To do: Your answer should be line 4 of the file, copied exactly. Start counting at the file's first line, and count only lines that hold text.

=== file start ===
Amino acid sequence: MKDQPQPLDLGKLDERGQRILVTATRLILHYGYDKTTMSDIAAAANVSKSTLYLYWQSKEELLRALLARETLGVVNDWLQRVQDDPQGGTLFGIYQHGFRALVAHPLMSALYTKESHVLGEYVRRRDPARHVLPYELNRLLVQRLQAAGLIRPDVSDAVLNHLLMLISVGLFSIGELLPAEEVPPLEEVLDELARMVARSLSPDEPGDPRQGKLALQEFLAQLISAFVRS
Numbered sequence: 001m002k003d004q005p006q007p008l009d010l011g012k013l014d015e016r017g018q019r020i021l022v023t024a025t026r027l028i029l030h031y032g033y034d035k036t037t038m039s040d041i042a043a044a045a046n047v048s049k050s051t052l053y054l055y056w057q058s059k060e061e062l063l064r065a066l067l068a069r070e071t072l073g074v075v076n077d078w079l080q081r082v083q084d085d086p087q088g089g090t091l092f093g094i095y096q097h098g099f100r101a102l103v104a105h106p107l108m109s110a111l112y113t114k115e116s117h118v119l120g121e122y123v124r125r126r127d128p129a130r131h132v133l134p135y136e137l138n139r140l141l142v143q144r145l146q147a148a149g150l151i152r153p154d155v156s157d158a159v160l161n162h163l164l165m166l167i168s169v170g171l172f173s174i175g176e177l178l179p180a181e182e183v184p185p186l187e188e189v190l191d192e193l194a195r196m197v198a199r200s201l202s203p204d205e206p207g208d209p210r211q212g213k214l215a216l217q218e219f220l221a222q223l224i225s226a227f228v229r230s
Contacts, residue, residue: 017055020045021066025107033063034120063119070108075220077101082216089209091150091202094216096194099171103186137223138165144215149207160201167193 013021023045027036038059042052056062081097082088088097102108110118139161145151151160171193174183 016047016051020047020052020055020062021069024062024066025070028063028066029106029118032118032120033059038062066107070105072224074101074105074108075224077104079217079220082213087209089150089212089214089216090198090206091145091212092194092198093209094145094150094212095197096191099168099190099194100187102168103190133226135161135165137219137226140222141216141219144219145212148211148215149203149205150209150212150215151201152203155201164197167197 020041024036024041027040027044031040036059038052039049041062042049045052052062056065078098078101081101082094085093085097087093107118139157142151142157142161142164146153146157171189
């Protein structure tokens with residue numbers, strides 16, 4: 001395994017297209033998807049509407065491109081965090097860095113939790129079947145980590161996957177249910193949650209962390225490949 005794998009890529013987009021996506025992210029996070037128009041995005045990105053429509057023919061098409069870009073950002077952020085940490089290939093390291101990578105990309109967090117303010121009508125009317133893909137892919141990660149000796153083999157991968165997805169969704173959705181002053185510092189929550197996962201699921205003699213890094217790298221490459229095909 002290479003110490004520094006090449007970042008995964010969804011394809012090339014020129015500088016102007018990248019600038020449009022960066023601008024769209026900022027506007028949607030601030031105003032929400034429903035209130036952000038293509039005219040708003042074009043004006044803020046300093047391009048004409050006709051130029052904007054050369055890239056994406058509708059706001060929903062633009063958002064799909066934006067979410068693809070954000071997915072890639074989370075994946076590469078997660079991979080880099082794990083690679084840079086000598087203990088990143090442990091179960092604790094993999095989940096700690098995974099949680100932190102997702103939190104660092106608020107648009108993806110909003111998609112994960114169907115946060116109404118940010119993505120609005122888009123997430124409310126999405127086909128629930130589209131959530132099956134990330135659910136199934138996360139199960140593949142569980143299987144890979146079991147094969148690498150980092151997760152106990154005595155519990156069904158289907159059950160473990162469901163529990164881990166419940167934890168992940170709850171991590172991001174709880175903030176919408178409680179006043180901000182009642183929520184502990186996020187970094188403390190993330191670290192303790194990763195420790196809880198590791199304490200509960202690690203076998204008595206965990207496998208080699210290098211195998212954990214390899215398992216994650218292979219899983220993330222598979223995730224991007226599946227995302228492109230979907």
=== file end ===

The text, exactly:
């Protein structure tokens with residue numbers, strides 16, 4: 001395994017297209033998807049509407065491109081965090097860095113939790129079947145980590161996957177249910193949650209962390225490949 005794998009890529013987009021996506025992210029996070037128009041995005045990105053429509057023919061098409069870009073950002077952020085940490089290939093390291101990578105990309109967090117303010121009508125009317133893909137892919141990660149000796153083999157991968165997805169969704173959705181002053185510092189929550197996962201699921205003699213890094217790298221490459229095909 002290479003110490004520094006090449007970042008995964010969804011394809012090339014020129015500088016102007018990248019600038020449009022960066023601008024769209026900022027506007028949607030601030031105003032929400034429903035209130036952000038293509039005219040708003042074009043004006044803020046300093047391009048004409050006709051130029052904007054050369055890239056994406058509708059706001060929903062633009063958002064799909066934006067979410068693809070954000071997915072890639074989370075994946076590469078997660079991979080880099082794990083690679084840079086000598087203990088990143090442990091179960092604790094993999095989940096700690098995974099949680100932190102997702103939190104660092106608020107648009108993806110909003111998609112994960114169907115946060116109404118940010119993505120609005122888009123997430124409310126999405127086909128629930130589209131959530132099956134990330135659910136199934138996360139199960140593949142569980143299987144890979146079991147094969148690498150980092151997760152106990154005595155519990156069904158289907159059950160473990162469901163529990164881990166419940167934890168992940170709850171991590172991001174709880175903030176919408178409680179006043180901000182009642183929520184502990186996020187970094188403390190993330191670290192303790194990763195420790196809880198590791199304490200509960202690690203076998204008595206965990207496998208080699210290098211195998212954990214390899215398992216994650218292979219899983220993330222598979223995730224991007226599946227995302228492109230979907």